Battlefield medics frequently only have a brief window of opportunity to treat an injury before it’s fatal or causes permanent disabilities, and it’s frequently so fleeting that there’s not much they can do. DARPA is exploring an unusual solution to that problem: slow the biological processes to give medics more room to breathe. Its new Biostasis research program aims to bring cell activity to a near halt by using biochemicals that control energetics at the protein level. If animals like tardigrades and wood frogs can stabilize their cells to survive freezing and dehydration, similar techniques might offer more time to medics who want to treat wounds before a victim’s vital systems break down.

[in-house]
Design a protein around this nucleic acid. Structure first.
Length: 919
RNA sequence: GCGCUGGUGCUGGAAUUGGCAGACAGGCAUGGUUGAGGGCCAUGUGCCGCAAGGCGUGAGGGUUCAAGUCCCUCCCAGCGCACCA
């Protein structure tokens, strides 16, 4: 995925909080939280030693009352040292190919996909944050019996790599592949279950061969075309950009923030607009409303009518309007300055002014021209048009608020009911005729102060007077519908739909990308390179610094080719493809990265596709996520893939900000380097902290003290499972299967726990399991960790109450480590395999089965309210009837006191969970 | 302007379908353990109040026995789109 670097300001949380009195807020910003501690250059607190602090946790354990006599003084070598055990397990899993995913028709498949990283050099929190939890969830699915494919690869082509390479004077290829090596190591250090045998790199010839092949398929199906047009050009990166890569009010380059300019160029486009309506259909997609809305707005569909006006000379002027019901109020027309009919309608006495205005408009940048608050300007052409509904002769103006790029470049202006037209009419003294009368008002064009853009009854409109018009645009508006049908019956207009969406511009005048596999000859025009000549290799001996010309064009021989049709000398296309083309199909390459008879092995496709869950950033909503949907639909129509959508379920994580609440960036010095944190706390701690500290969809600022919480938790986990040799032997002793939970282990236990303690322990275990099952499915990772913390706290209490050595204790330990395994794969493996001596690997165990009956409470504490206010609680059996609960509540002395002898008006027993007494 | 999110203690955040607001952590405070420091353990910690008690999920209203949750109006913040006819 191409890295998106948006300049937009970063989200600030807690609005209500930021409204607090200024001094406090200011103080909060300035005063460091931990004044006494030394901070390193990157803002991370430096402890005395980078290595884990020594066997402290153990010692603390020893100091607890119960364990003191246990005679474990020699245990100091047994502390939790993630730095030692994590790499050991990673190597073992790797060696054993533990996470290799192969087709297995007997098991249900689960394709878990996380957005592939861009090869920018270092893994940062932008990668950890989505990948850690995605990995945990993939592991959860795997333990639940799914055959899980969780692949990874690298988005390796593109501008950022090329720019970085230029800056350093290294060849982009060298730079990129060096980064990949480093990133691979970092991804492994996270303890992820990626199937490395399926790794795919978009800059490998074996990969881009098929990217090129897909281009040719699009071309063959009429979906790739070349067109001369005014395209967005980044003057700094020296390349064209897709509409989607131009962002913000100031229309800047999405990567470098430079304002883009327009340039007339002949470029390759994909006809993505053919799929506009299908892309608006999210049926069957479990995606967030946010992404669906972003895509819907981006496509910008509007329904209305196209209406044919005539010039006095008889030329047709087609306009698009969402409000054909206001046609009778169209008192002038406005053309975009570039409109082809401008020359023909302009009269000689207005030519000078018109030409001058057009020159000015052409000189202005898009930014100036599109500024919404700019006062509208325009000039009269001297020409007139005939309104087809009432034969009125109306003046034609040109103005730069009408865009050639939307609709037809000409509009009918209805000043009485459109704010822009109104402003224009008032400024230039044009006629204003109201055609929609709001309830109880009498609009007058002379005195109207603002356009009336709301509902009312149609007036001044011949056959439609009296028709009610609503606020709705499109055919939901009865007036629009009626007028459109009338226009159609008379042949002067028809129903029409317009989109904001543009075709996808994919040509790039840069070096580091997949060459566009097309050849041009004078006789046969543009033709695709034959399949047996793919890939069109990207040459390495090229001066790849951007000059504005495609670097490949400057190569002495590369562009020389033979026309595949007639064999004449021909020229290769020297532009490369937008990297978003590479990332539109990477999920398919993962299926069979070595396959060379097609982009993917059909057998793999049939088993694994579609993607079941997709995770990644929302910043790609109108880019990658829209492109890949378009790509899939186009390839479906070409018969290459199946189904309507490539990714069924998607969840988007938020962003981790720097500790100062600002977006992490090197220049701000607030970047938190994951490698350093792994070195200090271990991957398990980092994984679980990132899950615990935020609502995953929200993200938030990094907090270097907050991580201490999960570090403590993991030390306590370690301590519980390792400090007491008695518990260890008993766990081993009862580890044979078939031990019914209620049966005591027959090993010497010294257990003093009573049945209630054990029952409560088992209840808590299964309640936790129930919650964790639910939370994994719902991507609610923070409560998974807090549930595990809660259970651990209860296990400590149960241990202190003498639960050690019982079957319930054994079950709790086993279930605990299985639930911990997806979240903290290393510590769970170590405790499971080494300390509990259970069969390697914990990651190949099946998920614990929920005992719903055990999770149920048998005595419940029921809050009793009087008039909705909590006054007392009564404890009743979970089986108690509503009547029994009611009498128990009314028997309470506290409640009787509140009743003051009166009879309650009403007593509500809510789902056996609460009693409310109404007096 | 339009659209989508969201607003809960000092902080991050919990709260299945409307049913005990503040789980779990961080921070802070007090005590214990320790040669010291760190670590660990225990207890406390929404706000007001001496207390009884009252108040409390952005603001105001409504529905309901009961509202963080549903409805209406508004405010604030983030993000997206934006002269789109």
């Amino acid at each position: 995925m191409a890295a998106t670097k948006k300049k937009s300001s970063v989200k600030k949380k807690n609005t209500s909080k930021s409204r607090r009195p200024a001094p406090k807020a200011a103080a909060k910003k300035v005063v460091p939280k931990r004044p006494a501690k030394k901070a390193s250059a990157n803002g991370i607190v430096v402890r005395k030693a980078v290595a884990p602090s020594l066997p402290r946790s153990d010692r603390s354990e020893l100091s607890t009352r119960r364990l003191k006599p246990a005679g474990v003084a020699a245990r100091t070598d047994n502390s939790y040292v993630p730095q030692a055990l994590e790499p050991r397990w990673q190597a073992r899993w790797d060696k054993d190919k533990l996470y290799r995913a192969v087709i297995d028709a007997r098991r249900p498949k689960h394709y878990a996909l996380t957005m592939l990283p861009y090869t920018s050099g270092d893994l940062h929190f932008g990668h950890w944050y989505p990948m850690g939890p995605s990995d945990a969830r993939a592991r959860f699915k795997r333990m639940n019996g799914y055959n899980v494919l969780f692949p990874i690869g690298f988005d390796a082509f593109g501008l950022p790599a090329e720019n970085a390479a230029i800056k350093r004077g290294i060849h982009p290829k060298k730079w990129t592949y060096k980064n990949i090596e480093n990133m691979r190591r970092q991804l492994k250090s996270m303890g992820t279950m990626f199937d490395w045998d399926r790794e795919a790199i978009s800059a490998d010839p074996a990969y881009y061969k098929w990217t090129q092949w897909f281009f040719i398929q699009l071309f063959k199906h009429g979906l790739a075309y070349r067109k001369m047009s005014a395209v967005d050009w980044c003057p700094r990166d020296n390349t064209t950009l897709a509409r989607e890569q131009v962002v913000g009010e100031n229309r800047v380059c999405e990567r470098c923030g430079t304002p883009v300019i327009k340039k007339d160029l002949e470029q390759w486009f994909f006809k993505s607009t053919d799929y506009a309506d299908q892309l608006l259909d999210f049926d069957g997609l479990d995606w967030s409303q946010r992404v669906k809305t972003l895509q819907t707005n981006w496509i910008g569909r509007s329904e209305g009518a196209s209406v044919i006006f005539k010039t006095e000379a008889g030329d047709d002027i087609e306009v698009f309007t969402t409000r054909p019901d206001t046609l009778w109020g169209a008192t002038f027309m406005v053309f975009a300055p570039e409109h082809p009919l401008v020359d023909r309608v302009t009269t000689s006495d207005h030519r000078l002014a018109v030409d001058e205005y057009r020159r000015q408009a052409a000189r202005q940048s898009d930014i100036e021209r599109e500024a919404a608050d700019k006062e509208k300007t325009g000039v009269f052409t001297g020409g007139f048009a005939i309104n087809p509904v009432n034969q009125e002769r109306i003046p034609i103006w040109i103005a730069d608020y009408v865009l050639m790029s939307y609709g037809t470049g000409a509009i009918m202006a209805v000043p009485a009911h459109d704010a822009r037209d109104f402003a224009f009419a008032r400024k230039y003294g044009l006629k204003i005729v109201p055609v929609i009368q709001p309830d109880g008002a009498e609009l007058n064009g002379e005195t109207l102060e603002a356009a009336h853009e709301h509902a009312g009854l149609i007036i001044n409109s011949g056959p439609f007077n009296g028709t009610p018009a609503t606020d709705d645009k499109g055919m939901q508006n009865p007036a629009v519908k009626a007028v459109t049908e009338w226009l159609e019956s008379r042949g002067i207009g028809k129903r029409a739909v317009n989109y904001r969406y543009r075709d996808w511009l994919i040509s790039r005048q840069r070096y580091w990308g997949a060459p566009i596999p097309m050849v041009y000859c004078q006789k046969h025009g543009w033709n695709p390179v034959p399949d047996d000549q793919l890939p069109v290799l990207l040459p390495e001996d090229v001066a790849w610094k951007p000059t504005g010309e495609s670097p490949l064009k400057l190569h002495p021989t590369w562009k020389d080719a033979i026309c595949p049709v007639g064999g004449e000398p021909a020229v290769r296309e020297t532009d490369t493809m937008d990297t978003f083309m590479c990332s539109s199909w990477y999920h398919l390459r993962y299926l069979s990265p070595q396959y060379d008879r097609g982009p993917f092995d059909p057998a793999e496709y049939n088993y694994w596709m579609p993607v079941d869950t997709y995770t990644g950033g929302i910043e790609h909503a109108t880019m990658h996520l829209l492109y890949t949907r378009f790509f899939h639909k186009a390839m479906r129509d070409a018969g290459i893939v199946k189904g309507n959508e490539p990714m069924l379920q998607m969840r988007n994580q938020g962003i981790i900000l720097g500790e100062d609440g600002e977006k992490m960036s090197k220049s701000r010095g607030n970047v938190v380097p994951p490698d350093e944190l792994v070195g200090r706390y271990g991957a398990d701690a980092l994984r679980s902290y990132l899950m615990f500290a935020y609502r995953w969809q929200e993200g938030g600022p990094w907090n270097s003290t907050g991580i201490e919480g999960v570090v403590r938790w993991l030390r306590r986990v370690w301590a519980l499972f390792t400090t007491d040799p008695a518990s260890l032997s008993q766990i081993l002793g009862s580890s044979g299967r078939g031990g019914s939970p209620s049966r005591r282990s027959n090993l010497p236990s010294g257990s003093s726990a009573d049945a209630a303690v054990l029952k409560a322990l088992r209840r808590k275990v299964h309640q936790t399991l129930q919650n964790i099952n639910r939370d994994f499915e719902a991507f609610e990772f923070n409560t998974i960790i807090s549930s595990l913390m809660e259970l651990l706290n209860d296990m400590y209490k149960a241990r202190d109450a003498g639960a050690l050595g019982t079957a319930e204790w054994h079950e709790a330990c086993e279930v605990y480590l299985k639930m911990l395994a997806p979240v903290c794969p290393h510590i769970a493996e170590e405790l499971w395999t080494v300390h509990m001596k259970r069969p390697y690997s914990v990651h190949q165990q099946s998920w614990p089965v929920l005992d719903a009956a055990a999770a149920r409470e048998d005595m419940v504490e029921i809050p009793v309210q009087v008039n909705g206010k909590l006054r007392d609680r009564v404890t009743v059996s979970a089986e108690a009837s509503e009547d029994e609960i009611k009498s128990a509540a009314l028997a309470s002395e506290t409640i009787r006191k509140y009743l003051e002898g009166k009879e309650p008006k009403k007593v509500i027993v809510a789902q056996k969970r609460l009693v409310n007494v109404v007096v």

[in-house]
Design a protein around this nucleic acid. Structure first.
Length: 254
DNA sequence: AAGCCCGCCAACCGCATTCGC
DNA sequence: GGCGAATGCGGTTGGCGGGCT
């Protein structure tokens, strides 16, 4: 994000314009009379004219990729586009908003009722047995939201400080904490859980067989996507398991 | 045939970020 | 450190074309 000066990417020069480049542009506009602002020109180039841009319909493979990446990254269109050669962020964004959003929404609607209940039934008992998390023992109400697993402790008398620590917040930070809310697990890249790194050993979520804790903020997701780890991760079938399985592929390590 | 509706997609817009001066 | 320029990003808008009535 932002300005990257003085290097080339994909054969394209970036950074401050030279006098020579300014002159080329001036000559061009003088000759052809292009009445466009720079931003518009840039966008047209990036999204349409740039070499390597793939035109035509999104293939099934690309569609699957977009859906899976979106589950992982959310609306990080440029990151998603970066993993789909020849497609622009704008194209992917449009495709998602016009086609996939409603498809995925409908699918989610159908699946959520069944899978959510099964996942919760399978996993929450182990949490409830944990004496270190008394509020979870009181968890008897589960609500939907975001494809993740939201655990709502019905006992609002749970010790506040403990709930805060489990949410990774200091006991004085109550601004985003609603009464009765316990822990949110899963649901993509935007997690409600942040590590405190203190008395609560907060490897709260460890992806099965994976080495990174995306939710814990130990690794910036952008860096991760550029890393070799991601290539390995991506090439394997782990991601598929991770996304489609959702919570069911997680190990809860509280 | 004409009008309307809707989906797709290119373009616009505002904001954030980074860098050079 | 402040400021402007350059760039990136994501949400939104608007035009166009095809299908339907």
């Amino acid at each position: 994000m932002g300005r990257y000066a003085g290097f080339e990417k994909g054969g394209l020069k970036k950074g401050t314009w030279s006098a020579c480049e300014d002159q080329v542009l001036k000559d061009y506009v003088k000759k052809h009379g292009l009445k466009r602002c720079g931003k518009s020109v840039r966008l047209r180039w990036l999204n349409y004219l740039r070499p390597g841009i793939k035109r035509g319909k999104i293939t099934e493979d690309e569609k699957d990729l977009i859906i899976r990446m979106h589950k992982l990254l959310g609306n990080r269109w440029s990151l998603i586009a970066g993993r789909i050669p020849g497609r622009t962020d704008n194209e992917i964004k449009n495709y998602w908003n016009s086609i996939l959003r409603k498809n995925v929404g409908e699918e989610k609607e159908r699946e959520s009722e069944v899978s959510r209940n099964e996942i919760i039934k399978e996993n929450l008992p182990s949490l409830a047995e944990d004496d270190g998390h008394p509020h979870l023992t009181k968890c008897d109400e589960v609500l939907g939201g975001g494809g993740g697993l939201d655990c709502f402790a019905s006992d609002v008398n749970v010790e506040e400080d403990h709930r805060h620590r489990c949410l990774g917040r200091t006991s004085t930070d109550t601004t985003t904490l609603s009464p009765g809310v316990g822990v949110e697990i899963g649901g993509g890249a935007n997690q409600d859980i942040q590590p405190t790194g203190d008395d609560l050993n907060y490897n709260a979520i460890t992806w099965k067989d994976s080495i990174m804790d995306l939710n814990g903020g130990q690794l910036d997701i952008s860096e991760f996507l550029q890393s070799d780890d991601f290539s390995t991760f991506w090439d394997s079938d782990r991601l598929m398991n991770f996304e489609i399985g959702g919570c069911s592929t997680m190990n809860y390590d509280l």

In the future, you might not have to resort to exotic materials to create heart cells — you could just raid your grocery store’s produce section. Scientists have invented a process that turns spinach leaves into farms for functioning human heart cells. The team started by pumping a detergent solution through the spinach, stripping it of its plant cells and turning it into a ghostly shell made mostly of cellulose. After that, they cultured heart cells on the remaining structure, sending both fluids and microscopic beads through the vegetable’s now-empty veins in order to feed the new cells.